Mouradjian shared her experience (which didn't end with that excerpt) to the Committee -- a Committee tha under Bernie Sanders' leadership couldn't be bothered with women's issues.


In four months of leadership, Isakson has already done more than Bernie did in two years.

So applause for that to Isakson.

And applause to Senator Richard Blumenthal who is Ranking Member on the Committee and who has emerged as another senator who, like Patty Murray, can focus on women veterans as he demonstrated in hearing already this year.

As Blumenthal observed in his opening remarks, "There are too many homeless women veterans.  There are too many women veterans in need of medical care" -- his brief opening remarks.  He entered his full opening (written statement) into the record but noted he'd rather hear from the witnesses than hear himself speak.


There were two panels and Hayes was part of the first panel.  She was accompanied by Dr. Susan McCutcheon and Royse Cloud.  The second panel was Nevada Women Veterans Advisory Committee's Dr. Anne Davis, Disabled American Veterans' Joy J. Ilem and and army veteran Christina Mouradjian.


If you're new to our coverage of VA hearings, we're generally more interested in the second panel where witnesses are honest.  The first panel is always government flunkies who seem to get promotions and raises based upon how well they refuse to answer to Congress or even how well they flat out lie to Congress -- Allison Hickey, we mean you.


While we have little desire to embrace (or endure) the Allison Hickeys of the world, we do embrace truth tellers.  While the first panel struggled to answer direct questions or provide even basic figures, the second panel was composed of three women prepared to address topics and explore possible solutions.



For perspective, we'll include this from Disabled American Veterans Joy J. Ilem opening statement:


As a service-disabled veteran, I know first-hand the challenges women face during military service and when they return home. I, like many women who served, did not understand on leaving military service the benefits and services to which I was entitled, despite the fact that I suffered an injury during my service as an Army medic while stationed at the Army 67th evacuation hospital in Wurzburg, Germany. It was not until nearly a decade after I had discharged from the military that a fellow veteran contacted me and told me about DAV. He urged me to file a VA disability claim and seek VA treatment. I resisted for months and remember asking him, "are you sure I can use the VA health care system?" I didn't think of myself as a veteran, and knew next to nothing about filing a disability claim or for which benefits I might be eligible. Today, many women who have served still do not readily self-identity as veterans. The good news is a concerted effort is being made to change this trend and ensure that women veterans are recognized for their military service and gain information about their earned benefits. The number of women serving in the military, their roles, and their exposure to combat has dramatically changed during our war years in Iraq and Afghanistan. Likewise, over the past decade we have seen a dramatic rise in the number of women seeking health care and other benefits from VA with expectations that this trend will continue. According to VA, the number of women veterans using Veterans Health Administration (VHA) services increased by 80 percent between fiscal year (FY) 2003 and FY 2012.  Currently, over 635,000 women veterans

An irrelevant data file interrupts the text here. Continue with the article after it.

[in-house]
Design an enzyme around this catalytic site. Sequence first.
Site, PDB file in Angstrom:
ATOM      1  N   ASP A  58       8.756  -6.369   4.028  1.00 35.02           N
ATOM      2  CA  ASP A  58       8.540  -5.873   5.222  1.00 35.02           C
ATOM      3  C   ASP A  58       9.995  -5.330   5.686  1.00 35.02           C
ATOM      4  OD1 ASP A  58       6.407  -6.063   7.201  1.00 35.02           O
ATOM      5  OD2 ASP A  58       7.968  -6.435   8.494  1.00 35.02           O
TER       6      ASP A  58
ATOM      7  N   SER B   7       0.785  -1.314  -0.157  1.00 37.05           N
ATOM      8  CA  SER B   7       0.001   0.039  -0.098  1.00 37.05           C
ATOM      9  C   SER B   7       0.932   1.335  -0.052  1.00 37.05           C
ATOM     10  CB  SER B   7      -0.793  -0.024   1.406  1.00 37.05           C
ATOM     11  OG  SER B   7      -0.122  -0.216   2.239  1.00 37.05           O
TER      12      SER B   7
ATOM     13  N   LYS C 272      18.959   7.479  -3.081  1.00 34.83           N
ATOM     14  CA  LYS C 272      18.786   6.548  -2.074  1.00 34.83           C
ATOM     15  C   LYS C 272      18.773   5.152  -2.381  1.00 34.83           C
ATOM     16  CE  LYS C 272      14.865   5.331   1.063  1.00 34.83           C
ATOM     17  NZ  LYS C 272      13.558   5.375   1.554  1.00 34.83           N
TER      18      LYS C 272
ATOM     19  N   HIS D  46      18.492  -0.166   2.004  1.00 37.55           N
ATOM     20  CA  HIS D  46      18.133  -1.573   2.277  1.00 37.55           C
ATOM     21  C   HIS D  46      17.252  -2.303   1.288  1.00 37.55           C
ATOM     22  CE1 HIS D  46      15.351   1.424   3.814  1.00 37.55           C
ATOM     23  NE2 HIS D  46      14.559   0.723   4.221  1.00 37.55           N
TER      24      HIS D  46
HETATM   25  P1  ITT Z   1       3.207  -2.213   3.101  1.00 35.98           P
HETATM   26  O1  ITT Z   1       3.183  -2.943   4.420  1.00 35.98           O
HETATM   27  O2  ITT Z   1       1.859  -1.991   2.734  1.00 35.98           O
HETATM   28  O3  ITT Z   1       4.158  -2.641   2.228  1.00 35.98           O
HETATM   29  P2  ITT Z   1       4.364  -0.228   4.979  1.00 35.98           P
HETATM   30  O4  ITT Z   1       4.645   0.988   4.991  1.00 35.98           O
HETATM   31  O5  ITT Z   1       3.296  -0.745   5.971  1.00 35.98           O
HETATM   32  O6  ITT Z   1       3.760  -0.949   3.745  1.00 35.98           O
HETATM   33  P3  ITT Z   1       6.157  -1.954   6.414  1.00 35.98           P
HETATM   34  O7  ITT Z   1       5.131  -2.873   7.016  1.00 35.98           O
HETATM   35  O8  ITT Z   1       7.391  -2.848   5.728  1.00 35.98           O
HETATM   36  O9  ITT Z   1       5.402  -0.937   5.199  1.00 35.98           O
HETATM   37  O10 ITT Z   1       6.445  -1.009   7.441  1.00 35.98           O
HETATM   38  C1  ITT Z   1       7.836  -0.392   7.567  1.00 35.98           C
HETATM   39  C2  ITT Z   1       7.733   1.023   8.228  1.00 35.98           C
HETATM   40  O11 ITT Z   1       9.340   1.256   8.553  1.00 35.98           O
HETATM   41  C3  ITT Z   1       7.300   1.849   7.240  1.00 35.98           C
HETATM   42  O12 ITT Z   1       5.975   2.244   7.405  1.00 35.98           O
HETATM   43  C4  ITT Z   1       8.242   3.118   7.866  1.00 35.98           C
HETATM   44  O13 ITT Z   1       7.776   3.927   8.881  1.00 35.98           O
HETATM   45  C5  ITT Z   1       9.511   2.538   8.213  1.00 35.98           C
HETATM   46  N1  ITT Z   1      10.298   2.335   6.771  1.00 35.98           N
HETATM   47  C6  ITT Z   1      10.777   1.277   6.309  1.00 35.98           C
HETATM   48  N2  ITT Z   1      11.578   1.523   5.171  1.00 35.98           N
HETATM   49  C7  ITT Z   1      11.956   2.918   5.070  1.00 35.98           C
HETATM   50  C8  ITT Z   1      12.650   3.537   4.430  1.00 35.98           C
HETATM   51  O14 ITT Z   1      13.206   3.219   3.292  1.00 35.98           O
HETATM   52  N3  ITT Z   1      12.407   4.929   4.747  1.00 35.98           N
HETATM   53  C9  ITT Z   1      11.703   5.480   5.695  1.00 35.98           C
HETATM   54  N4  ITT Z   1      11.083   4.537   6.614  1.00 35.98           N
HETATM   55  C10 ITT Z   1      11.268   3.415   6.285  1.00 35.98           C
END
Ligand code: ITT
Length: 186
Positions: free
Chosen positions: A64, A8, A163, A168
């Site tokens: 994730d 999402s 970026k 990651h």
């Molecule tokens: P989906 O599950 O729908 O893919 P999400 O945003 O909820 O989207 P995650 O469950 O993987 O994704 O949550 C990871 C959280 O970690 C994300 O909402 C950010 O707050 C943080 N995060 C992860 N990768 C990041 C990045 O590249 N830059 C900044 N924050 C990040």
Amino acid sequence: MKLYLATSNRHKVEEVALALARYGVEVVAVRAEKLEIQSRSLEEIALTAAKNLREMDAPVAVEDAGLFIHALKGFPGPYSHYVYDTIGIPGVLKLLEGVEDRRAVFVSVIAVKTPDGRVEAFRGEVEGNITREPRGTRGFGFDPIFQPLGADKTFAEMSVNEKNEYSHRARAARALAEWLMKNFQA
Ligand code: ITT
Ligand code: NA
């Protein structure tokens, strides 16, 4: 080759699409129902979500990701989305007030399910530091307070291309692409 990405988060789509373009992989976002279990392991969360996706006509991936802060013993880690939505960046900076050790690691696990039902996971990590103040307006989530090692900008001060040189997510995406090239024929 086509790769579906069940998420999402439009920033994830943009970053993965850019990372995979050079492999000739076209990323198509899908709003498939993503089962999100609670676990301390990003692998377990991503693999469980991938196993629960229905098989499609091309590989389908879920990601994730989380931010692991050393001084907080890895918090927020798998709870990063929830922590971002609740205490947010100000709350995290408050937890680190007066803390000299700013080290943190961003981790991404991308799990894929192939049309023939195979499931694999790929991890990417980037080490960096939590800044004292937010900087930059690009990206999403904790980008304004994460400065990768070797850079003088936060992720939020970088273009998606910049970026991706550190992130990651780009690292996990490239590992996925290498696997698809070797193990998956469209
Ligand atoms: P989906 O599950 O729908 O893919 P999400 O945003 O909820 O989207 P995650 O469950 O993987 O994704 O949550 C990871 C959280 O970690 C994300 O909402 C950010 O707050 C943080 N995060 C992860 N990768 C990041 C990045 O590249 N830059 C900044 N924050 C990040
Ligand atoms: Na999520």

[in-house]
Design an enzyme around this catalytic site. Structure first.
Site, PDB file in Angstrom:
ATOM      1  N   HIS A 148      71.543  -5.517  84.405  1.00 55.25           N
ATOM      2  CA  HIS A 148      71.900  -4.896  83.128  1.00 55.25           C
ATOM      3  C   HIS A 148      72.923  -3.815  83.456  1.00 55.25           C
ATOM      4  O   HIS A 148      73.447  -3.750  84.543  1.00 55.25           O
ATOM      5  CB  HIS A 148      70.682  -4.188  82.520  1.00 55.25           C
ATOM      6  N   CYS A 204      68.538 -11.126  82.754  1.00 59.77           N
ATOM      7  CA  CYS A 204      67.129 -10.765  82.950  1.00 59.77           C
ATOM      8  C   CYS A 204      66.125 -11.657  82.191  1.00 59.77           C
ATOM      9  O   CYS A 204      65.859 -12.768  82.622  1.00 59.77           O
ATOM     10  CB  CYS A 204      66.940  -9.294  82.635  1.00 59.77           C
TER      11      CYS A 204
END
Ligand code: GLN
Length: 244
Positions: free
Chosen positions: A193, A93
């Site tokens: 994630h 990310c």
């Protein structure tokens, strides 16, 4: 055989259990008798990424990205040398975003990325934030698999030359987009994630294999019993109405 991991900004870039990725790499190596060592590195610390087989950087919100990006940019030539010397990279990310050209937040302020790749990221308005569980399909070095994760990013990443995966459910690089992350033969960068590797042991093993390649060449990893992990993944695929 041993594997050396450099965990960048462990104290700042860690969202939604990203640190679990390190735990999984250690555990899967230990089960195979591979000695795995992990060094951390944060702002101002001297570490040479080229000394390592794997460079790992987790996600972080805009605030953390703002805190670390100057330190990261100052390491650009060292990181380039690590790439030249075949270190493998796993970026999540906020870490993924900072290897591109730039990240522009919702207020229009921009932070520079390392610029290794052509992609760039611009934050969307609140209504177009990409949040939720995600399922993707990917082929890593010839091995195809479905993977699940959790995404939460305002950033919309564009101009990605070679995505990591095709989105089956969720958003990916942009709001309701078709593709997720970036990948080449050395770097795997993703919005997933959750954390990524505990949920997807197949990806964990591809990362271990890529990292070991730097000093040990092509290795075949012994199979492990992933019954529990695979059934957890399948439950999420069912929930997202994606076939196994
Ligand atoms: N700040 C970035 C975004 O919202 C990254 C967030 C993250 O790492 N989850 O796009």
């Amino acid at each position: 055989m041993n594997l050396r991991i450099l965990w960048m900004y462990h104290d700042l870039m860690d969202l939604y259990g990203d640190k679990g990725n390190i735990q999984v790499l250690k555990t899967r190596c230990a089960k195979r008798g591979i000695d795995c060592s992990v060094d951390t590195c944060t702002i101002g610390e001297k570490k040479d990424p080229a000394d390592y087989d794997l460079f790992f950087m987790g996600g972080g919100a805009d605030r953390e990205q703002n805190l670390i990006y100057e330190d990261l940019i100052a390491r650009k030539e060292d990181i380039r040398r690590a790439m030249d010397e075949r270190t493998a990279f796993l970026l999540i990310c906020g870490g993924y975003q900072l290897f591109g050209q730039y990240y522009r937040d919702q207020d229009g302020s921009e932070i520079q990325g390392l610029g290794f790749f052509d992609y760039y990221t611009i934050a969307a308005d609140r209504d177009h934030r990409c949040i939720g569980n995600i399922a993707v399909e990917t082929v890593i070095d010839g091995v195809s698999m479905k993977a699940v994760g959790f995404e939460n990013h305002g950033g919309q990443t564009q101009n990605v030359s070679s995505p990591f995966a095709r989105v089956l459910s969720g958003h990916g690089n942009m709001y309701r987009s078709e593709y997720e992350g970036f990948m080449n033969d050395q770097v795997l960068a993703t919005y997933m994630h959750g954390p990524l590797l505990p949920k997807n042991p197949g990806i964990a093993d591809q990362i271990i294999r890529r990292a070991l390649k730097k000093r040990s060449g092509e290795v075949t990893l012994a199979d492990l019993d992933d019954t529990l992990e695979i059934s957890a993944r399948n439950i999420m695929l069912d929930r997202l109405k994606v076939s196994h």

Along with this significantly increased demand, VA experienced a shifting age demographic and inclusion of younger women veterans enrolling in VA health care, which required significant changes in both policies and clinical practice. According to VA, the number of women veteran patients under 35 years of age has increased by 120 percent between FY 2003 and FY 2013.
New providers with expertise in women’s health were needed; clinical space in many locations was insufficient to meet rising demand; and privacy and safety concerns were prevalent. VA providers suddenly needed to be knowledgeable about reproductive health services, conducting breast and gynecological examinations and becoming aware of the possibility of pregnancy when treating younger women of child-bearing age to ensure medications and recommended treatments did not pose a risk of birth defects. Many VA providers were not seeing enough women patients to be proficient in women’s health, necessitating VA to institute a mini-residency program to help clinicians refresh their knowledge and skills. All prenatal and obstetric care is referred to private providers, and mammography services are provided by non-VA providers for about 75 percent of enrolled patients through VA’s fee basis medical care program, complicating coordination of care for women veterans.
Other trends in this population that impact health policy and planning became evident as well. According to VA, more than half (57 percent) of women veterans under VA care are service disabled, some of whom are very young. These women will be eligible for lifelong VA care for their service-connected conditions. Women veterans were also presenting with unique post-deployment health care and mental health needs. More than half (57 percent) of the women who served in the wars in Iraq and Afghanistan (OEF/OIF/OND) have sought VA care following military service and have targeted health care needs, including chronic musculoskeletal pain; mental health conditions including post-traumatic stress disorder (PTSD), anxiety, depression, and substance-use disorders (SUD); genitourinary system, endocrine and metabolic disorders; and respiratory conditions. Given the greater exposure of service women to combat, the specific medical profile of this group, and women who have sustained traumatic war-related injuries, it became clear there was a need for adjustments to not only primary care services but specialized care, transition services including supportive counseling, and psychological services.